Take a close look at that doll. Jesus. That little girl crying over her awful, post-apocalypse doll haunted my memories. That doll is creepy, man. But, beyond the chill-inducing doll, I was affected by the rest of the book, as well. It is really about the idea of having a "broken heart" and how you can fix it. At first, Mr. Bell the fixit man says that he could "fix everything but broken hearts," but by the end, after he fixes up the little girl's doll, she corrects him. It turns out, with the tools of kindness and selfless compassion, he can "fix everything even broken hearts." I remember being knocked out by the idea of having a broken heart... The picture made it seem like a very literal idea, which was fascinating. But, I also knew what they meant, and the seeds of my romantic, emo tendencies were sown. To this day, I am far more concerned with what the heart is feeling than with what the head is thinking. Sure, I like thinking, but I am turned on by heart, by emotion, by feeling.

Wait a minute, hold the emo phone, I have just seen a headline on the internet. Besides feelings and crap, there is another thing that turns me on: eating. And the big food news of the week is: In-N-Out Burger is opening in Dallas now... this is huge news, people! In-N-Out is a well known and loved, cult-status burger chain in California, Nevada, and Arizona, mostly. Their expansion into Texas signals possible future expansion to other states, maybe someday even states beginning with the letter F. They are my favorite fast-food burgers, despite their underlying Jesus-ness. Nothing like a good In-N-Out! That's what she said, etc...
Anyway, I realize while reading this article about In-N-Out how proud I am that I have experienced first-hand most of the best regional fast foods from across the nation. PROUD, as if I have accomplished something great... I am not even joking about this. I genuinely love knowing that I know what a double-double tastes like, or a Taco John's Potato Ol├ęs-stuffed burrito, or a Whataburger, or a White Castle, or a Fatburger, or a Del Taco, or a Carl's Jr (and it's affiliates The Green Burrito and Hardee's), or a Steak 'n Shake, or a Jack in the Box, or a Jollybee, or a Checker's, or a Chick-Fil-A (another expanding Jesus outfit), or a Famous Original Ray's Pizza. I have tasted the daily sustenance of many regions... the locally renowned, cult-followed fast food joints. The fast food you can't get in every town, everywhere, but has still entered into the pop-culture. Some of these chains are amazing and deserve to be everywhere; some are foul, guaranteed stomach busters that should be cast off from the earth as the abominations they are (I'm looking at you, White Castle). But, I wouldn't give up any of these experiences... some of them have been transcendent, time capsule-worthy (or at least blog-worthy), mind-blowing moments that I would love to repeat or relive over and over again.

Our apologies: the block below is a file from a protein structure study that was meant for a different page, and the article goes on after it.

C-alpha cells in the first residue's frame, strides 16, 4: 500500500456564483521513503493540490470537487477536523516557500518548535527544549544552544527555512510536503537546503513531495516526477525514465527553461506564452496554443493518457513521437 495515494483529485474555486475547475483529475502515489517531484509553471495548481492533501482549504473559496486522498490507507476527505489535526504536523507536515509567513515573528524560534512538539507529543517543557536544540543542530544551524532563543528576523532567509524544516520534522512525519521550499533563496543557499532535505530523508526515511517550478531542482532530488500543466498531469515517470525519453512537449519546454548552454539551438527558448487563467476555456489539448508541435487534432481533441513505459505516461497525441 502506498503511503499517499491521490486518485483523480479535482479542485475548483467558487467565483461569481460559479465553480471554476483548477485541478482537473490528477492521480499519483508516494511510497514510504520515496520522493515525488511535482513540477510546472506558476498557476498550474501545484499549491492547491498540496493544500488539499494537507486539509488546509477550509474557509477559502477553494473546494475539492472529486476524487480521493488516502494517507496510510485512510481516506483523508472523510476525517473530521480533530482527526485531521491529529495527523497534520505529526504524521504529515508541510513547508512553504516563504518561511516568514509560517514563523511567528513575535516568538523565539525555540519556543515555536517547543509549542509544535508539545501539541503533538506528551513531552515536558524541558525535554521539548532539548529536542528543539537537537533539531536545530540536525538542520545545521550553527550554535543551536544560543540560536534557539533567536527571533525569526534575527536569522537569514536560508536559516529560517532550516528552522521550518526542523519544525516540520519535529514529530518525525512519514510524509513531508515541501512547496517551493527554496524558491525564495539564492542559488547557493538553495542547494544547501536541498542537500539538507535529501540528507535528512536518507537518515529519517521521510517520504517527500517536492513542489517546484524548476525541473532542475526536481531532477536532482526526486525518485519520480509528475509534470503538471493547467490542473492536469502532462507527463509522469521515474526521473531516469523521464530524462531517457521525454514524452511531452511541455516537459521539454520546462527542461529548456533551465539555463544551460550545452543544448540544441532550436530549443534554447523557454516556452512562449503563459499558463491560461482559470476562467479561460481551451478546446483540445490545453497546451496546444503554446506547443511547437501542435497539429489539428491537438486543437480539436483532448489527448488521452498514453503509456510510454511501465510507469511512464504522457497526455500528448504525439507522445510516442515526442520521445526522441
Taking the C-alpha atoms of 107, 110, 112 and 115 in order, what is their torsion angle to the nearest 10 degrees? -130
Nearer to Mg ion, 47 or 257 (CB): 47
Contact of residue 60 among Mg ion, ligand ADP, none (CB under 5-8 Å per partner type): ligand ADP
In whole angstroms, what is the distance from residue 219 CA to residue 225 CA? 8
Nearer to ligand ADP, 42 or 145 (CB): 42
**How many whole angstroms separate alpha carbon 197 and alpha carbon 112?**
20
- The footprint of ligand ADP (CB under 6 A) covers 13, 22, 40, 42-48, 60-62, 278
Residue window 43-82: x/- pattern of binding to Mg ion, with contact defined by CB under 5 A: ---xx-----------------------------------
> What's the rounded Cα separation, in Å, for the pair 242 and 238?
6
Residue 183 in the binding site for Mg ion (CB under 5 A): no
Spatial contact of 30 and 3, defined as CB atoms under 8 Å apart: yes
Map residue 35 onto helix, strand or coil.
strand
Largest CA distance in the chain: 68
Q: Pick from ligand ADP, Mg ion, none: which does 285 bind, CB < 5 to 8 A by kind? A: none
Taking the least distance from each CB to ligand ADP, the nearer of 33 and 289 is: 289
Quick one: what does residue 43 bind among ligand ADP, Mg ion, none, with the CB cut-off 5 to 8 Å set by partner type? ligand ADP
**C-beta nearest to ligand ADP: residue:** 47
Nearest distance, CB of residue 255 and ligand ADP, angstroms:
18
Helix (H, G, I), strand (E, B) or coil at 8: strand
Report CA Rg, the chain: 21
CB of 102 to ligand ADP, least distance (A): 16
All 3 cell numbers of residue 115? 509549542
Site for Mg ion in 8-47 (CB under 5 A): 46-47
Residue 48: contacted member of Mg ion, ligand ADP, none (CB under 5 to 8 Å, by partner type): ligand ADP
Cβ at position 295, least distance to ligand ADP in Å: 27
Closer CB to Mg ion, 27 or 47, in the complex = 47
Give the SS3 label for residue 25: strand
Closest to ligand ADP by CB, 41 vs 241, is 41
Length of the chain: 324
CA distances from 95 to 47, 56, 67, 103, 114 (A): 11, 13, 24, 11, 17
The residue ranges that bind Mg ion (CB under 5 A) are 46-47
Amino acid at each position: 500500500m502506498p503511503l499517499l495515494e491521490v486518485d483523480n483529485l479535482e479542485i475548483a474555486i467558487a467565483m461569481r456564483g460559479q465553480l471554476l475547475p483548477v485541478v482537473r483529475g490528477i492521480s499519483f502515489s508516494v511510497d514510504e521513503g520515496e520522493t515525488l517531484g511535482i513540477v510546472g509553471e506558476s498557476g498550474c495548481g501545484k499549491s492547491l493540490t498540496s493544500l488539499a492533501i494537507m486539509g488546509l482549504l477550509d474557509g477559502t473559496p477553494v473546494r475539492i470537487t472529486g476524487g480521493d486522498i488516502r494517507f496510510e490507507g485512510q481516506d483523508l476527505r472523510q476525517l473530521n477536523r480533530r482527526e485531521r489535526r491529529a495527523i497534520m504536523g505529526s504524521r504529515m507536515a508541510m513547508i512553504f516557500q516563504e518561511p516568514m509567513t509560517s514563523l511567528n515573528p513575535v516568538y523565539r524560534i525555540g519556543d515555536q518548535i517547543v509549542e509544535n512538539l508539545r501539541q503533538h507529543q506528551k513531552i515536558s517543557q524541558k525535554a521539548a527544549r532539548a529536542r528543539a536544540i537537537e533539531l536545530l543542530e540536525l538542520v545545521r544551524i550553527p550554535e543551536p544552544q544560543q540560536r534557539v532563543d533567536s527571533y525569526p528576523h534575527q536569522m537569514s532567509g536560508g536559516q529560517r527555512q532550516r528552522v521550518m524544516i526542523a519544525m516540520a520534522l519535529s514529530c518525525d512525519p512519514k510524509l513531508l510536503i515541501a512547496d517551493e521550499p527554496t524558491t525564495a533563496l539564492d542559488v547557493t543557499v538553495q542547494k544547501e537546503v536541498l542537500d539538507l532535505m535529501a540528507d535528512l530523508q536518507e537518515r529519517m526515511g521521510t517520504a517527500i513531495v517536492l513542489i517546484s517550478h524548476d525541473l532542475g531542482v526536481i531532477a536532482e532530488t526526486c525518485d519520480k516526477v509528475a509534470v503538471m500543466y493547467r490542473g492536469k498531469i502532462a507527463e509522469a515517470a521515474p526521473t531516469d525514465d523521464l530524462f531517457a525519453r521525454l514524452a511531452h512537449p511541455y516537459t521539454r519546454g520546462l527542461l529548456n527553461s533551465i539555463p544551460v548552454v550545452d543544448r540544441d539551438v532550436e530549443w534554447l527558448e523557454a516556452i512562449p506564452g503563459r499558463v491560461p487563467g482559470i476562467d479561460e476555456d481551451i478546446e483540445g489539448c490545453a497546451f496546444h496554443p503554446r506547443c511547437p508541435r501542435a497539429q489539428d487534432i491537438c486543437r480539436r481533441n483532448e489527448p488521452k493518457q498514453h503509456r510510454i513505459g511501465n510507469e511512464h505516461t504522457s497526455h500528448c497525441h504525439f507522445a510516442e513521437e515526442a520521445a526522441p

My fast food fetishizing actually goes hand in hand with my general romantic outlook on life. Just like I'd like to relive a double-double with grilled onions every single day (my cholesterol level thanks the stars In-N-Out isn't in Florida), there are other moments of pure happiness, peace, and love that I savor in my memory and would like to go back to over and over again, too, if I could.

This reminds me of a line I recently swooned over in a book. The line comes from City of Thieves by David Benioff: She leaned forward and kissed me on the lips. Her mouth was cold, her lips rough from the winter wind, and if the mystics are right and we are doomed to repeat our squalid lives ad infinitum, at least I will always return to that kiss.

Jim Carrey's name in this movie was Joel, too.
Now, that's just pretty. And the distillation of the kind of romanticism of life moments I'm talking about. It reminded me right away of the ending of Eternal Sunshine of the Spotless Mind, an amazing, extremely romantic (in a sci-fi, brain-teaser sort of way) movie. In the very last scene, after Jim Carrey and Kate Winslet have spent an hour and a half struggling with their break-up and struggling to literally hold on to the memories of their relationship at the same time, they agree to try again, even if it means they will end up in the same sad place. They look at each other and simply say, "OK." It is the most profound "OK" in the history of movies. They are agreeing to enjoy the journey together, even knowing the ending may be a wreck. They are agreeing to love; love and memories, because they are so much better than hate and loss.

By the way, Benioff also wrote 25th Hour, which became an underrated, under-seen, quite mesmerizing Spike Lee movie. This has nothing to do with nothing, but if you have 5 minutes, click that link and watch that scene. Amazing stuff. I HAVE to watch this movie every time I see it on TV.

I guess I'm about done here. Yep, that's it.
I like my glasses. Look out for Reluctant Hipster tour dates. And remember: There's a time for playing it safe and a time for...

1 comment:

  1. ahem "your glasses are an integral part of your style..."